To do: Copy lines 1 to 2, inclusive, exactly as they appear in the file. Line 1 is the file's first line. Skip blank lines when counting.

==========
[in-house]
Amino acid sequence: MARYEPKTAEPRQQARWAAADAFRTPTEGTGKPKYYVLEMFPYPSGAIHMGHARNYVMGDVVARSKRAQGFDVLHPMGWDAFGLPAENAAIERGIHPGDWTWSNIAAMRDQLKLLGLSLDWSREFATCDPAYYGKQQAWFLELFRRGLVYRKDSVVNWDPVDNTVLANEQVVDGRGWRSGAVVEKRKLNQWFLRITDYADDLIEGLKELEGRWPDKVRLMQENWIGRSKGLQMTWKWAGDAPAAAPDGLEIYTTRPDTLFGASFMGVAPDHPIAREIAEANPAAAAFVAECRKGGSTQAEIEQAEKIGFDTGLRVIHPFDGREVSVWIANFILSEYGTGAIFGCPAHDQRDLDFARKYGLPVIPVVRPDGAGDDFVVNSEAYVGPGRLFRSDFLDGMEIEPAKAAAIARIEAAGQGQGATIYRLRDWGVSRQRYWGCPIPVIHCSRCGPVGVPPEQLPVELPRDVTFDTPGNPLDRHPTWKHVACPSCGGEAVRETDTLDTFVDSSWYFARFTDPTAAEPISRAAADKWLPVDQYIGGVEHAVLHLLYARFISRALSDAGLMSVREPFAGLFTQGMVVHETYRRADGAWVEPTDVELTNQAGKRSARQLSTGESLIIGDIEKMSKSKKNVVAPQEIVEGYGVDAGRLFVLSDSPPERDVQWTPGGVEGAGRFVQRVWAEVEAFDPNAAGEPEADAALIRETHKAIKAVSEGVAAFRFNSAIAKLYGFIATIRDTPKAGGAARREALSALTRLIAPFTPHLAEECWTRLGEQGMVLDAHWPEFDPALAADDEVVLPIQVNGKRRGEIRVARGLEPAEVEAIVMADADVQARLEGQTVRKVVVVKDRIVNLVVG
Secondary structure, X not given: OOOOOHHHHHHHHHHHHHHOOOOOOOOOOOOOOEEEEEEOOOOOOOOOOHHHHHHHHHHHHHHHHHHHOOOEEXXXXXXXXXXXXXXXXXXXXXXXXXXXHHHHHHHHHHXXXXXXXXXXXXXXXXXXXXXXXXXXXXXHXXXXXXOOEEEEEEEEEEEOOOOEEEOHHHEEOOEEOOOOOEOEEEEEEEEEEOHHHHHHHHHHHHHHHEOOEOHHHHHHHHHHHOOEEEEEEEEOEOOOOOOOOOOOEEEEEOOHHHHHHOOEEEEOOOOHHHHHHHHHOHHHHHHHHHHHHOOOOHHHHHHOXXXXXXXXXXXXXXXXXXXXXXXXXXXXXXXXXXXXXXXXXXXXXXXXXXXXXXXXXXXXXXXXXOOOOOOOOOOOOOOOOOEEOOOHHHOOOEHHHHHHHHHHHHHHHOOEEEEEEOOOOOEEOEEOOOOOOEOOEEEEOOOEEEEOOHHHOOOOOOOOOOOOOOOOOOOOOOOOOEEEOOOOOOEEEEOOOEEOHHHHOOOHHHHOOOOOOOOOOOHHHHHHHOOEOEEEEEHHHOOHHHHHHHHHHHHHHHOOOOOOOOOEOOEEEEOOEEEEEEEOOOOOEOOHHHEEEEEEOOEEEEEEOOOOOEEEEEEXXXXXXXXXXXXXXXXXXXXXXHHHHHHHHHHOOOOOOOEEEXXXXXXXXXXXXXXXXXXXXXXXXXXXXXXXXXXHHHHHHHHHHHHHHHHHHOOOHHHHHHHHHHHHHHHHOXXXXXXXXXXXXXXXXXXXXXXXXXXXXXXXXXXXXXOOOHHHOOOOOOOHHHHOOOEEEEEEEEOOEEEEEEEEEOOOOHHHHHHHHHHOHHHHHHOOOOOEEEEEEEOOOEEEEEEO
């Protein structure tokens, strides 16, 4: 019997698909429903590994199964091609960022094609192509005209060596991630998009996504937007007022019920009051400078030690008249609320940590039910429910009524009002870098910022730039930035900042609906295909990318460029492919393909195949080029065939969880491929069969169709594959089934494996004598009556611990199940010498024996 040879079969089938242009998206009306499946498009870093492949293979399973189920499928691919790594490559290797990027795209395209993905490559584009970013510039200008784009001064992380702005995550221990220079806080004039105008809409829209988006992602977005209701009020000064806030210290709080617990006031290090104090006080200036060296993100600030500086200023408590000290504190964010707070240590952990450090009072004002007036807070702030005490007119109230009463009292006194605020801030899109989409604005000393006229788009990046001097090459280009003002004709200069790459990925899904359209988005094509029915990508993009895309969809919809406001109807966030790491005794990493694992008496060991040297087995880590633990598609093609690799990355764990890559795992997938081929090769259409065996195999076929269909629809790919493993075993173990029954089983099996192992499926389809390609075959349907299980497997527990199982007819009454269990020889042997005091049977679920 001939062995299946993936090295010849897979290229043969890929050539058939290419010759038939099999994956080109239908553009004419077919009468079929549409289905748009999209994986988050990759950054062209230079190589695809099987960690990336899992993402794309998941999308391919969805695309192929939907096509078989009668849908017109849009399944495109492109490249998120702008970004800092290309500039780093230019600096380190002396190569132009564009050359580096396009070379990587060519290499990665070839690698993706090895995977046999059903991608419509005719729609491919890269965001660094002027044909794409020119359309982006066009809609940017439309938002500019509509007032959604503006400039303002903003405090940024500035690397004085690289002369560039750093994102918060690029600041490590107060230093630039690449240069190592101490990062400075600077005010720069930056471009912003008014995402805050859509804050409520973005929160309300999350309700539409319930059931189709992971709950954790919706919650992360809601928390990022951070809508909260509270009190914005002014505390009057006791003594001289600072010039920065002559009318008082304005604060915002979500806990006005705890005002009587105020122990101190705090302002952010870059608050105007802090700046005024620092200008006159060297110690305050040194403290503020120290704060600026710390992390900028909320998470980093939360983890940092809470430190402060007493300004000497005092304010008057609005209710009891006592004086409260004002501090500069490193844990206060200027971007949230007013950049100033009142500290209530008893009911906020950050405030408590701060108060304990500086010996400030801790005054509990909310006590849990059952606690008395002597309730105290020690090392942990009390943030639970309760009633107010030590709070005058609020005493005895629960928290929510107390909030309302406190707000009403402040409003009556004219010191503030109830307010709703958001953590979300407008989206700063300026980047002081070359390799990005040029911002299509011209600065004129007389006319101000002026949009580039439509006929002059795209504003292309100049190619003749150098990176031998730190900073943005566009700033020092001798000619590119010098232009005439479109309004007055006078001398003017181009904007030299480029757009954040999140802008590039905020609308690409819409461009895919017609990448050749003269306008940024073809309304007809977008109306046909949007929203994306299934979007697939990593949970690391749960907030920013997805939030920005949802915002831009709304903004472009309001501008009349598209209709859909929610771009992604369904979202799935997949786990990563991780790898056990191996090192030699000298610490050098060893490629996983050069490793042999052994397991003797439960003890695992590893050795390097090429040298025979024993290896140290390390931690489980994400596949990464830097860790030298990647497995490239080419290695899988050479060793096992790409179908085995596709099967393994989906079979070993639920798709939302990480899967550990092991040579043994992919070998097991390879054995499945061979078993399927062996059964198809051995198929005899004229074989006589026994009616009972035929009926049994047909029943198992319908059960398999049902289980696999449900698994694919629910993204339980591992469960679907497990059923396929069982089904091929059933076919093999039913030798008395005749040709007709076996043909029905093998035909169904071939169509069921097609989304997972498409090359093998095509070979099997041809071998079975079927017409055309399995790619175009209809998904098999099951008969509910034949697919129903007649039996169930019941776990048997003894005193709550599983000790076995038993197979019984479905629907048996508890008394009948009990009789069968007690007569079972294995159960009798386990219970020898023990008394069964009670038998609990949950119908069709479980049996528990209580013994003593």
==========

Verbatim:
[in-house]
Amino acid sequence: MARYEPKTAEPRQQARWAAADAFRTPTEGTGKPKYYVLEMFPYPSGAIHMGHARNYVMGDVVARSKRAQGFDVLHPMGWDAFGLPAENAAIERGIHPGDWTWSNIAAMRDQLKLLGLSLDWSREFATCDPAYYGKQQAWFLELFRRGLVYRKDSVVNWDPVDNTVLANEQVVDGRGWRSGAVVEKRKLNQWFLRITDYADDLIEGLKELEGRWPDKVRLMQENWIGRSKGLQMTWKWAGDAPAAAPDGLEIYTTRPDTLFGASFMGVAPDHPIAREIAEANPAAAAFVAECRKGGSTQAEIEQAEKIGFDTGLRVIHPFDGREVSVWIANFILSEYGTGAIFGCPAHDQRDLDFARKYGLPVIPVVRPDGAGDDFVVNSEAYVGPGRLFRSDFLDGMEIEPAKAAAIARIEAAGQGQGATIYRLRDWGVSRQRYWGCPIPVIHCSRCGPVGVPPEQLPVELPRDVTFDTPGNPLDRHPTWKHVACPSCGGEAVRETDTLDTFVDSSWYFARFTDPTAAEPISRAAADKWLPVDQYIGGVEHAVLHLLYARFISRALSDAGLMSVREPFAGLFTQGMVVHETYRRADGAWVEPTDVELTNQAGKRSARQLSTGESLIIGDIEKMSKSKKNVVAPQEIVEGYGVDAGRLFVLSDSPPERDVQWTPGGVEGAGRFVQRVWAEVEAFDPNAAGEPEADAALIRETHKAIKAVSEGVAAFRFNSAIAKLYGFIATIRDTPKAGGAARREALSALTRLIAPFTPHLAEECWTRLGEQGMVLDAHWPEFDPALAADDEVVLPIQVNGKRRGEIRVARGLEPAEVEAIVMADADVQARLEGQTVRKVVVVKDRIVNLVVG